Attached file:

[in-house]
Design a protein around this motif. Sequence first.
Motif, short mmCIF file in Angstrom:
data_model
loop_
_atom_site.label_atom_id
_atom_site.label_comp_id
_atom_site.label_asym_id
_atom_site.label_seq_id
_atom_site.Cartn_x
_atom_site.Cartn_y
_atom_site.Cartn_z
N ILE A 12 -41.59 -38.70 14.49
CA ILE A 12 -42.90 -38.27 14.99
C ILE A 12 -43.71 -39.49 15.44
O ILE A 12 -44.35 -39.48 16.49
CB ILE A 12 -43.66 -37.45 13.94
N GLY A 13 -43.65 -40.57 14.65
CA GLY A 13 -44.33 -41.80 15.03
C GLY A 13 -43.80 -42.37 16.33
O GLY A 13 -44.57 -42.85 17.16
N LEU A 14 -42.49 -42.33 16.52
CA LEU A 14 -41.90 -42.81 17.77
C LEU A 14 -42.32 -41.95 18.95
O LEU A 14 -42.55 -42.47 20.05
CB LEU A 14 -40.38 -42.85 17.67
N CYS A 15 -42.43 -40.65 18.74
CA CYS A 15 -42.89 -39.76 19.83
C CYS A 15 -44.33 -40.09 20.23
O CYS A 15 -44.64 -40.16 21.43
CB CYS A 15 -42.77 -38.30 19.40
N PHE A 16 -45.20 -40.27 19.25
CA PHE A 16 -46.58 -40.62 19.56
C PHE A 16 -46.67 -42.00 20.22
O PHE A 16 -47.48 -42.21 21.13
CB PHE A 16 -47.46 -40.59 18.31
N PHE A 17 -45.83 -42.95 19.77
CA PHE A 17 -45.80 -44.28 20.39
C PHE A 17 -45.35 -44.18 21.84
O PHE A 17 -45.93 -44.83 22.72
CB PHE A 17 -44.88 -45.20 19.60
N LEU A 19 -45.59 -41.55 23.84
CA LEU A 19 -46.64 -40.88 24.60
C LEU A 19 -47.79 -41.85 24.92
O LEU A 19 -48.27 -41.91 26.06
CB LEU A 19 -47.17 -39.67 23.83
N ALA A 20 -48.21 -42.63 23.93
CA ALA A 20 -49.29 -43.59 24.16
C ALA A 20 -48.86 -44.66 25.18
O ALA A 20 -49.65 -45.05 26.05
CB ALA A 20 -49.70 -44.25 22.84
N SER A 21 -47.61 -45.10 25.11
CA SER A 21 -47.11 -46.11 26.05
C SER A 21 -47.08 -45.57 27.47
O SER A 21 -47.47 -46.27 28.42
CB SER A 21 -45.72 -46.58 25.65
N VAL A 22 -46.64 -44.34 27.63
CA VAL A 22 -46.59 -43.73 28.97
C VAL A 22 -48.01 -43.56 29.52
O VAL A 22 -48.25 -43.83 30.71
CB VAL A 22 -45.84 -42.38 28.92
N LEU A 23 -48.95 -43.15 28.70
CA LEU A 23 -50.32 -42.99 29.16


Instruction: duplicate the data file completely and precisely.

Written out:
[in-house]
Design a protein around this motif. Sequence first.
Motif, short mmCIF file in Angstrom:
data_model
loop_
_atom_site.label_atom_id
_atom_site.label_comp_id
_atom_site.label_asym_id
_atom_site.label_seq_id
_atom_site.Cartn_x
_atom_site.Cartn_y
_atom_site.Cartn_z
N ILE A 12 -41.59 -38.70 14.49
CA ILE A 12 -42.90 -38.27 14.99
C ILE A 12 -43.71 -39.49 15.44
O ILE A 12 -44.35 -39.48 16.49
CB ILE A 12 -43.66 -37.45 13.94
N GLY A 13 -43.65 -40.57 14.65
CA GLY A 13 -44.33 -41.80 15.03
C GLY A 13 -43.80 -42.37 16.33
O GLY A 13 -44.57 -42.85 17.16
N LEU A 14 -42.49 -42.33 16.52
CA LEU A 14 -41.90 -42.81 17.77
C LEU A 14 -42.32 -41.95 18.95
O LEU A 14 -42.55 -42.47 20.05
CB LEU A 14 -40.38 -42.85 17.67
N CYS A 15 -42.43 -40.65 18.74
CA CYS A 15 -42.89 -39.76 19.83
C CYS A 15 -44.33 -40.09 20.23
O CYS A 15 -44.64 -40.16 21.43
CB CYS A 15 -42.77 -38.30 19.40
N PHE A 16 -45.20 -40.27 19.25
CA PHE A 16 -46.58 -40.62 19.56
C PHE A 16 -46.67 -42.00 20.22
O PHE A 16 -47.48 -42.21 21.13
CB PHE A 16 -47.46 -40.59 18.31
N PHE A 17 -45.83 -42.95 19.77
CA PHE A 17 -45.80 -44.28 20.39
C PHE A 17 -45.35 -44.18 21.84
O PHE A 17 -45.93 -44.83 22.72
CB PHE A 17 -44.88 -45.20 19.60
N LEU A 19 -45.59 -41.55 23.84
CA LEU A 19 -46.64 -40.88 24.60
C LEU A 19 -47.79 -41.85 24.92
O LEU A 19 -48.27 -41.91 26.06
CB LEU A 19 -47.17 -39.67 23.83
N ALA A 20 -48.21 -42.63 23.93
CA ALA A 20 -49.29 -43.59 24.16
C ALA A 20 -48.86 -44.66 25.18
O ALA A 20 -49.65 -45.05 26.05
CB ALA A 20 -49.70 -44.25 22.84
N SER A 21 -47.61 -45.10 25.11
CA SER A 21 -47.11 -46.11 26.05
C SER A 21 -47.08 -45.57 27.47
O SER A 21 -47.47 -46.27 28.42
CB SER A 21 -45.72 -46.58 25.65
N VAL A 22 -46.64 -44.34 27.63
CA VAL A 22 -46.59 -43.73 28.97
C VAL A 22 -48.01 -43.56 29.52
O VAL A 22 -48.25 -43.83 30.71
CB VAL A 22 -45.84 -42.38 28.92
N LEU A 23 -48.95 -43.15 28.70
CA LEU A 23 -50.32 -42.99 29.16